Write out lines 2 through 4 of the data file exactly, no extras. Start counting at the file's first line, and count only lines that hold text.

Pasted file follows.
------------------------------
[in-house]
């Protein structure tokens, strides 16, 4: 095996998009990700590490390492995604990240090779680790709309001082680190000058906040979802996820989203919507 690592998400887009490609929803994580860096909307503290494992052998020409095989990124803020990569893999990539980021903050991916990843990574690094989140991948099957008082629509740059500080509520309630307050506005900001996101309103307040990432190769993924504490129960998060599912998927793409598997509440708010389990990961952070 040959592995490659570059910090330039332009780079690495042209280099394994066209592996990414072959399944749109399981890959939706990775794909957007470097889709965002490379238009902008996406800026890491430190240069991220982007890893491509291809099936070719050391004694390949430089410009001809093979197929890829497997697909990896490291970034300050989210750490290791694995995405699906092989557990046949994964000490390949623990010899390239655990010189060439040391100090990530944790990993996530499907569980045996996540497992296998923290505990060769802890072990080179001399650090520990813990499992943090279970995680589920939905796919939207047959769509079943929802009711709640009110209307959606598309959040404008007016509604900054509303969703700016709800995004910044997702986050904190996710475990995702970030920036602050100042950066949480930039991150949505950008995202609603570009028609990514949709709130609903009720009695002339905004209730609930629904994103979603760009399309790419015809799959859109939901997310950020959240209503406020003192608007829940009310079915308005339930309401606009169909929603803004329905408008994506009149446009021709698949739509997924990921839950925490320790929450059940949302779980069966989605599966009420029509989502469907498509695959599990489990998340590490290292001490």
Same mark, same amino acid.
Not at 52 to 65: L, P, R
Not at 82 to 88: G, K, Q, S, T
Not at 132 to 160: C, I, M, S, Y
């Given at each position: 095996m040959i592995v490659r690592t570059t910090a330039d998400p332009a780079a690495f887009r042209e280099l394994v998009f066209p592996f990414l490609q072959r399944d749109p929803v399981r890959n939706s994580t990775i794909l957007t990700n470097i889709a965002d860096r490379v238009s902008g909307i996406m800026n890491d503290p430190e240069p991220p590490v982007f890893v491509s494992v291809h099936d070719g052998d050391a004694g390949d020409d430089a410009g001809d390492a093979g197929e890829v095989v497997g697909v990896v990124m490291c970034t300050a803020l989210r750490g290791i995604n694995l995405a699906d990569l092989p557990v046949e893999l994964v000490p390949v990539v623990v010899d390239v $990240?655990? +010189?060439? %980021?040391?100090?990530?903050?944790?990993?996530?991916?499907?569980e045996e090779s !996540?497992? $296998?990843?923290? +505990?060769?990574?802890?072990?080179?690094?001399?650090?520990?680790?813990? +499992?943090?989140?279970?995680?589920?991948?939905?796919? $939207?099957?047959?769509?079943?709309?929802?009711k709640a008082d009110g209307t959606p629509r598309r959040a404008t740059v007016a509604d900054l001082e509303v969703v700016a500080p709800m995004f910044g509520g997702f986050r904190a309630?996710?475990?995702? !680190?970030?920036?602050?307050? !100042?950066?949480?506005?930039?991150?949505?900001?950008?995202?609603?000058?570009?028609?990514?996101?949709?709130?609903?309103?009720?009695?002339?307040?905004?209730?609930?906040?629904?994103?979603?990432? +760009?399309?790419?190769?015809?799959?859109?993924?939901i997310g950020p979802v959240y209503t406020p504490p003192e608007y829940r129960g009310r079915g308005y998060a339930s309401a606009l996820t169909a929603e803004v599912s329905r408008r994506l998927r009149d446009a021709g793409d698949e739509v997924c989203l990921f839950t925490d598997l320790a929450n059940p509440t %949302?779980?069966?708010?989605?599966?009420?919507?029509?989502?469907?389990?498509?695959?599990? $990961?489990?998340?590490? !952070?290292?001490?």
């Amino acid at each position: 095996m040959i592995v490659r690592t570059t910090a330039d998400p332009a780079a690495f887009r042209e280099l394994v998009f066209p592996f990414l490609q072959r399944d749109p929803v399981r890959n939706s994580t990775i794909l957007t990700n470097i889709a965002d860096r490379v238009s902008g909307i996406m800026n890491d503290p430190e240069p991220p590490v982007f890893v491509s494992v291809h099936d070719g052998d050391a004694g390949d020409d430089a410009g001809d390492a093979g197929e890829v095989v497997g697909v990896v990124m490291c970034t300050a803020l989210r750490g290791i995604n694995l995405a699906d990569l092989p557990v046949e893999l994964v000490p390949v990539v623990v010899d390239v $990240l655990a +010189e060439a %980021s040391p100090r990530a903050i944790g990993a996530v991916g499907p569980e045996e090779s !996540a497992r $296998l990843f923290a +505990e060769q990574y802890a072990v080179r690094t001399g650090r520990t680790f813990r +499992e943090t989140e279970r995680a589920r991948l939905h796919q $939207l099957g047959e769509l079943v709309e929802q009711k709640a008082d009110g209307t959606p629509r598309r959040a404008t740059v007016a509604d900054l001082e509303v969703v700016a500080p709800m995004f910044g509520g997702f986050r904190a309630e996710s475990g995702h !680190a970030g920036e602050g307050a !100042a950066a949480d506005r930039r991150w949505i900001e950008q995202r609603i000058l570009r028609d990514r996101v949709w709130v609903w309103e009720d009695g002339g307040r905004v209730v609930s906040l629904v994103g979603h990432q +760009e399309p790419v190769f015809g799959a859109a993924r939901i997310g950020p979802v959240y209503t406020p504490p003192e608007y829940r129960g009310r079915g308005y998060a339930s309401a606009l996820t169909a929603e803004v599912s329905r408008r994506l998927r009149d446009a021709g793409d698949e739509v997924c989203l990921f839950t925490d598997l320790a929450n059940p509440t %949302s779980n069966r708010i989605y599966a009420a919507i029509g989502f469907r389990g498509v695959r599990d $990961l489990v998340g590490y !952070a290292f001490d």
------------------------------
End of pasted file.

């Protein structure tokens, strides 16, 4: 095996998009990700590490390492995604990240090779680790709309001082680190000058906040979802996820989203919507 690592998400887009490609929803994580860096909307503290494992052998020409095989990124803020990569893999990539980021903050991916990843990574690094989140991948099957008082629509740059500080509520309630307050506005900001996101309103307040990432190769993924504490129960998060599912998927793409598997509440708010389990990961952070 040959592995490659570059910090330039332009780079690495042209280099394994066209592996990414072959399944749109399981890959939706990775794909957007470097889709965002490379238009902008996406800026890491430190240069991220982007890893491509291809099936070719050391004694390949430089410009001809093979197929890829497997697909990896490291970034300050989210750490290791694995995405699906092989557990046949994964000490390949623990010899390239655990010189060439040391100090990530944790990993996530499907569980045996996540497992296998923290505990060769802890072990080179001399650090520990813990499992943090279970995680589920939905796919939207047959769509079943929802009711709640009110209307959606598309959040404008007016509604900054509303969703700016709800995004910044997702986050904190996710475990995702970030920036602050100042950066949480930039991150949505950008995202609603570009028609990514949709709130609903009720009695002339905004209730609930629904994103979603760009399309790419015809799959859109939901997310950020959240209503406020003192608007829940009310079915308005339930309401606009169909929603803004329905408008994506009149446009021709698949739509997924990921839950925490320790929450059940949302779980069966989605599966009420029509989502469907498509695959599990489990998340590490290292001490």
Same mark, same amino acid.
Not at 52 to 65: L, P, R